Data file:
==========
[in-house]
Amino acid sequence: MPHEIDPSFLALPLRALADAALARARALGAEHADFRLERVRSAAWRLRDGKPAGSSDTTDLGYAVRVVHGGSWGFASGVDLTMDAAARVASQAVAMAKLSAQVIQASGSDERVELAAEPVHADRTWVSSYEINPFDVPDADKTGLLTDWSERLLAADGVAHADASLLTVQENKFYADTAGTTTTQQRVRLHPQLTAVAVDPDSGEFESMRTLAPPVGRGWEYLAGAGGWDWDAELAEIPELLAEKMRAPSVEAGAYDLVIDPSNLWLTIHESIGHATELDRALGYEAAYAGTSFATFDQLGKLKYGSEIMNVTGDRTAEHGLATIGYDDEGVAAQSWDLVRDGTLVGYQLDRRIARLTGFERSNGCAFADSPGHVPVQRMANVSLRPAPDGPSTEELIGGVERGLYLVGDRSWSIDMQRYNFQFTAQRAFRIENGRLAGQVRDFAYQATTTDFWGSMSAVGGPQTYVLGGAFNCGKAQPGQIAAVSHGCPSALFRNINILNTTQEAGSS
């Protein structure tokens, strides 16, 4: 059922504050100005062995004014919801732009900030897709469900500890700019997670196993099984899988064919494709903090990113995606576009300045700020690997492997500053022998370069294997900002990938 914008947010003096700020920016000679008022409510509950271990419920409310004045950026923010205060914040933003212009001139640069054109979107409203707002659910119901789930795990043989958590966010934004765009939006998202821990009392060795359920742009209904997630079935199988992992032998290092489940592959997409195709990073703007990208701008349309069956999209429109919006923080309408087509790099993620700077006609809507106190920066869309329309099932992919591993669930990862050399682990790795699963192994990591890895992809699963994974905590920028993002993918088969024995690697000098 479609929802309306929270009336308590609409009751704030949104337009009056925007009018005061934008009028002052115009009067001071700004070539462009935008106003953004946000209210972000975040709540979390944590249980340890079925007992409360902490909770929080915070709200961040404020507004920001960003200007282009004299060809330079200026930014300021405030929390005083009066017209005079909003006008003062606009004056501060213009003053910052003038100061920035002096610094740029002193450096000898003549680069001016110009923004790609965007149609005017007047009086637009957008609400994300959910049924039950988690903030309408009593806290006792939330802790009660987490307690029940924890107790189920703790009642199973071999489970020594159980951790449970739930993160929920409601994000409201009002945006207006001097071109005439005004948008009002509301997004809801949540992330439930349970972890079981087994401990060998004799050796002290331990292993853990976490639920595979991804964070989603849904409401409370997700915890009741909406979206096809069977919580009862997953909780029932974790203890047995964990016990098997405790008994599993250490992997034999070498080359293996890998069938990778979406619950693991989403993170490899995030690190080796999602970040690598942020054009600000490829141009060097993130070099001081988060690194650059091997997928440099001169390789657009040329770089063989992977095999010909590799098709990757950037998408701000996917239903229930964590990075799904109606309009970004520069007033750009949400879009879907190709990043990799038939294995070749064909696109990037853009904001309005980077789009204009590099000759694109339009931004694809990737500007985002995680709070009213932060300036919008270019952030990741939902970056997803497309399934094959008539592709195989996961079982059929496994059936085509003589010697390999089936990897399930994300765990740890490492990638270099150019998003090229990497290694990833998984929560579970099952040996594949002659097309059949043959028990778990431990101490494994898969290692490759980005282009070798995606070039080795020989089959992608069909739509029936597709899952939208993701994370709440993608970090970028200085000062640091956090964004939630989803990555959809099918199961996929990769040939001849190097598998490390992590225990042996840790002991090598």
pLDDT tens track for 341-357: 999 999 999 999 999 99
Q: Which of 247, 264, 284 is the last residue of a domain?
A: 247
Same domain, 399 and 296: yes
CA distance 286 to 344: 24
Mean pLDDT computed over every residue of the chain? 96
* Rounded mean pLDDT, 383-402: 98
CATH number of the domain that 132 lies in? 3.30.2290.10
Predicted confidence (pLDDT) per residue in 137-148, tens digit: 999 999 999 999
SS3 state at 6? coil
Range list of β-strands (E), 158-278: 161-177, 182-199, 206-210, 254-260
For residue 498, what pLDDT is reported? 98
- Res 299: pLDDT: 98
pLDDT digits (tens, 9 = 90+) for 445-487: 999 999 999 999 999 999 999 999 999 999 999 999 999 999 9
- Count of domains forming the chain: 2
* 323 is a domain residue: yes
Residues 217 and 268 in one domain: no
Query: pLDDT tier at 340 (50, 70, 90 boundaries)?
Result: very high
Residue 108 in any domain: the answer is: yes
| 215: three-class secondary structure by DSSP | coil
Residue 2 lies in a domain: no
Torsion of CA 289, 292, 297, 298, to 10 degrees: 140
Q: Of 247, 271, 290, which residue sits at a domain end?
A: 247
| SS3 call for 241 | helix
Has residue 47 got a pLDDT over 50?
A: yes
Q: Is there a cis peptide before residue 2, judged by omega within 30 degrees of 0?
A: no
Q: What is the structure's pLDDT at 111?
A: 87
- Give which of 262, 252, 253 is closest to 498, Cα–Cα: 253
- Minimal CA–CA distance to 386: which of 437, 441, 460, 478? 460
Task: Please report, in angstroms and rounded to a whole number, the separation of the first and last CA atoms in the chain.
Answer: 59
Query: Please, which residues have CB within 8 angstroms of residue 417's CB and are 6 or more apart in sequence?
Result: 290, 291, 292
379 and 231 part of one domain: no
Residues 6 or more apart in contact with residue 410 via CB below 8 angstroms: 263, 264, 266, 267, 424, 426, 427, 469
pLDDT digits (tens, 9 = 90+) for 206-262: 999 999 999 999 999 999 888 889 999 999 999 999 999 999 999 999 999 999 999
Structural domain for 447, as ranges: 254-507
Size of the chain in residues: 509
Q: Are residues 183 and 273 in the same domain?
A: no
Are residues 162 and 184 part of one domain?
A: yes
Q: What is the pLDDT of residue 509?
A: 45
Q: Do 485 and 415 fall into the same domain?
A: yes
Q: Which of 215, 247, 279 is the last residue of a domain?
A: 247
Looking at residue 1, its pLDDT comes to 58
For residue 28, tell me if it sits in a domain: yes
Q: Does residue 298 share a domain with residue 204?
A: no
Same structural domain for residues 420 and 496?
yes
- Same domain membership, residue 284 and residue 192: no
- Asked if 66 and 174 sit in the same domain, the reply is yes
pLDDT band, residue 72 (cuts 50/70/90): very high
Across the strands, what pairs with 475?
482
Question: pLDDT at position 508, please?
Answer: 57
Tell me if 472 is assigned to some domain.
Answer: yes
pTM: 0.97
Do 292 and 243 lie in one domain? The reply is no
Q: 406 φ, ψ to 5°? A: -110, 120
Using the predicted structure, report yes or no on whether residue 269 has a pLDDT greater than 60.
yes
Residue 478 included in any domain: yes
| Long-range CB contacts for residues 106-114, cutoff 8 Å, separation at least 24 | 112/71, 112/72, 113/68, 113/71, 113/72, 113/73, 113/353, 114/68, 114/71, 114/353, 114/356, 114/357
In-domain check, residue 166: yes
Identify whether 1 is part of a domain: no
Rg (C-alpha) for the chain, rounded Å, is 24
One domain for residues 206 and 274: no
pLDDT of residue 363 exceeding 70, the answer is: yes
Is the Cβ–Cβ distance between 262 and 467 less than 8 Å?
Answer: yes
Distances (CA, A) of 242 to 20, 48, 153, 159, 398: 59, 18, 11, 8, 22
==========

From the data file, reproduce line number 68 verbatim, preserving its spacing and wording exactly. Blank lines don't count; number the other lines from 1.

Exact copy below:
Question: pLDDT at position 508, please?